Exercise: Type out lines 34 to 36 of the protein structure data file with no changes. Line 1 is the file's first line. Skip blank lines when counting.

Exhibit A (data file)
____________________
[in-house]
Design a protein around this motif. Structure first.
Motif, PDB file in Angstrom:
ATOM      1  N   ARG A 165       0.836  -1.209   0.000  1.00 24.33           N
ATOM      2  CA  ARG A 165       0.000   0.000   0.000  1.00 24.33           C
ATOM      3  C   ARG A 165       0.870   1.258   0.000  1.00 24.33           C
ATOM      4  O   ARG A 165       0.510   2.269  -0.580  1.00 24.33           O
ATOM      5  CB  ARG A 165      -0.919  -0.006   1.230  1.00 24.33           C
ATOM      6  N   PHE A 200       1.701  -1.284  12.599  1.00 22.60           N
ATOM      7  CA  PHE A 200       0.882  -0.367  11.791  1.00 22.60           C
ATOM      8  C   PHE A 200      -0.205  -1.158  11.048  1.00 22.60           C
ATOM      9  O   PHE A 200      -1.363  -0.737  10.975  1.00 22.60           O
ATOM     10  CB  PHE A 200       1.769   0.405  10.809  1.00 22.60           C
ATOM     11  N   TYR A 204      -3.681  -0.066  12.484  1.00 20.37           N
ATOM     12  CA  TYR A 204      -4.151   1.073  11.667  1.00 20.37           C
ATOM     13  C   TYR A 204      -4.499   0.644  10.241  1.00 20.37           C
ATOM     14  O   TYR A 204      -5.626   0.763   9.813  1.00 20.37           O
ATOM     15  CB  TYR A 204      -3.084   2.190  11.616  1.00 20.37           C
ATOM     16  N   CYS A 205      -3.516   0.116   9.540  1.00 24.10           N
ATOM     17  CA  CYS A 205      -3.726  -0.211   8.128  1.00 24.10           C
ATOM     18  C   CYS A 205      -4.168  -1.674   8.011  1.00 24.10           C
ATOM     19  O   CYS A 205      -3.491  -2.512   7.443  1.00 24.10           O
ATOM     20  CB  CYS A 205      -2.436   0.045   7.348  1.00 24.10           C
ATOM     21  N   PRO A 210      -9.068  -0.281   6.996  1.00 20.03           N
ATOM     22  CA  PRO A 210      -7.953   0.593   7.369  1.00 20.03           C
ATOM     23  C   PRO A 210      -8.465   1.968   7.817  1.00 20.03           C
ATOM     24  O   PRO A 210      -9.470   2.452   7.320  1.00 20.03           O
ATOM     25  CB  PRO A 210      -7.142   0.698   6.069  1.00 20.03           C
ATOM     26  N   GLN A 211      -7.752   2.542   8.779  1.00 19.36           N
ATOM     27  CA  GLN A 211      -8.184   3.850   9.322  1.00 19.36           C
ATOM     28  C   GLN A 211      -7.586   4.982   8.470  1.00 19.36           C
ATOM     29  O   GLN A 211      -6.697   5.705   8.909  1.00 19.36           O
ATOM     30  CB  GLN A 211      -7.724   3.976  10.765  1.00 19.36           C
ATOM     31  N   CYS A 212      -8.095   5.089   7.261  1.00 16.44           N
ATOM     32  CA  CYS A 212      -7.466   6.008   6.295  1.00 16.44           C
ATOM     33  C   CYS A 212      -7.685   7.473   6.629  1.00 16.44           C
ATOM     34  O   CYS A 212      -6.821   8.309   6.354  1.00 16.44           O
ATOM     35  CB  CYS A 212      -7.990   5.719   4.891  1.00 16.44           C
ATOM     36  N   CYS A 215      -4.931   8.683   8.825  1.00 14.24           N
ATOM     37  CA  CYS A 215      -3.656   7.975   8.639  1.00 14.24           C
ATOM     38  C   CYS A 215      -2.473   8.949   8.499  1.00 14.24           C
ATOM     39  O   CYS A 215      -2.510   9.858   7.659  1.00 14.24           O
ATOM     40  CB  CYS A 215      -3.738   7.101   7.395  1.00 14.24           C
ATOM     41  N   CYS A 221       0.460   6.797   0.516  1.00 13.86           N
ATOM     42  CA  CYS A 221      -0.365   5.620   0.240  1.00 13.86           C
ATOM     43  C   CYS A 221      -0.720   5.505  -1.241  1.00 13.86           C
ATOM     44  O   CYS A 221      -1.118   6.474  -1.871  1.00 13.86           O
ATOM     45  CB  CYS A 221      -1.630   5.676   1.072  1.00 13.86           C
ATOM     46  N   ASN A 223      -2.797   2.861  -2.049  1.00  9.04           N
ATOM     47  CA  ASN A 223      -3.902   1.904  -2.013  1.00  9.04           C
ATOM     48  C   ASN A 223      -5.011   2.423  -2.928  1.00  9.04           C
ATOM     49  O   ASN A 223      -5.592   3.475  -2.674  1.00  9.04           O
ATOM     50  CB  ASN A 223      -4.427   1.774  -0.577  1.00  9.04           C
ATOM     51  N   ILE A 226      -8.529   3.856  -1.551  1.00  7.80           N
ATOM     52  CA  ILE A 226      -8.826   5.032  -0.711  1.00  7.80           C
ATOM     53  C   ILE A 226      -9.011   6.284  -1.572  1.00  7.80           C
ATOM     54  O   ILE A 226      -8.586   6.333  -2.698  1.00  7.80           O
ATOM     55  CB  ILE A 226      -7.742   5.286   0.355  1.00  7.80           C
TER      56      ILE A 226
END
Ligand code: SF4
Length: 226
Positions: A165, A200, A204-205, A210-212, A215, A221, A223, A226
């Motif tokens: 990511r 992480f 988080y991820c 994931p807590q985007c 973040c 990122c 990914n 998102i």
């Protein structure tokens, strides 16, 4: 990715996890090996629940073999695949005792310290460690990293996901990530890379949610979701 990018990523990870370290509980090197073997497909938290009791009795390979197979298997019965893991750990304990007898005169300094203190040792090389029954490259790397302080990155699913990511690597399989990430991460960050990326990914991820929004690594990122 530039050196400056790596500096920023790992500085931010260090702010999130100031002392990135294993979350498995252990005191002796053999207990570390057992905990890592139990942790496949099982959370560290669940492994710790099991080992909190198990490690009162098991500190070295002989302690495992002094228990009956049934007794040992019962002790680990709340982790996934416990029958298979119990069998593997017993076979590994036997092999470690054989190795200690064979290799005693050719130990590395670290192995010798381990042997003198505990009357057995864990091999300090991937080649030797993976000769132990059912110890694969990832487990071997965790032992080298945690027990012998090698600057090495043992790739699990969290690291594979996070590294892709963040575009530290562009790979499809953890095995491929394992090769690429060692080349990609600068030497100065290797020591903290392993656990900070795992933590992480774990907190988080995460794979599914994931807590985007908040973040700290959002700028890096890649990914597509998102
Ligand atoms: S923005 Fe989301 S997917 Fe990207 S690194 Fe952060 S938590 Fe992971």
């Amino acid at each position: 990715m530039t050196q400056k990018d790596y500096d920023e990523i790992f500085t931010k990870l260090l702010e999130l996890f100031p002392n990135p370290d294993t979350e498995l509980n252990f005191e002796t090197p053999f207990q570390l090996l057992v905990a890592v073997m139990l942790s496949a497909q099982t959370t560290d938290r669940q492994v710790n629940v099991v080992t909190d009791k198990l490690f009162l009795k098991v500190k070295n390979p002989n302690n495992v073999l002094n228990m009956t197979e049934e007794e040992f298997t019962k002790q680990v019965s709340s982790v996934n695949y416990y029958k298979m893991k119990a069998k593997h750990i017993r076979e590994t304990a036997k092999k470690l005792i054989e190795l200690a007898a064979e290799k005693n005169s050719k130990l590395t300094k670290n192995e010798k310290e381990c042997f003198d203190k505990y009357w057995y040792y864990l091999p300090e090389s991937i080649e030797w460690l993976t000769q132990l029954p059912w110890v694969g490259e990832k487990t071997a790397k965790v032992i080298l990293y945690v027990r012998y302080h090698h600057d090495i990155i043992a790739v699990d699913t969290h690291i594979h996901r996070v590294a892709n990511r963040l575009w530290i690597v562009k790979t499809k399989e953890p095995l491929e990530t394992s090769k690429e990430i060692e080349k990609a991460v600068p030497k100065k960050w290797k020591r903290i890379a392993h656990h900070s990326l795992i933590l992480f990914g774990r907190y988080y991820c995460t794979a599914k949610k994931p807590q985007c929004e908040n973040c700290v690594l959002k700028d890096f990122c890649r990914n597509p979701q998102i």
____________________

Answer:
ATOM     31  N   CYS A 212      -8.095   5.089   7.261  1.00 16.44           N
ATOM     32  CA  CYS A 212      -7.466   6.008   6.295  1.00 16.44           C
ATOM     33  C   CYS A 212      -7.685   7.473   6.629  1.00 16.44           C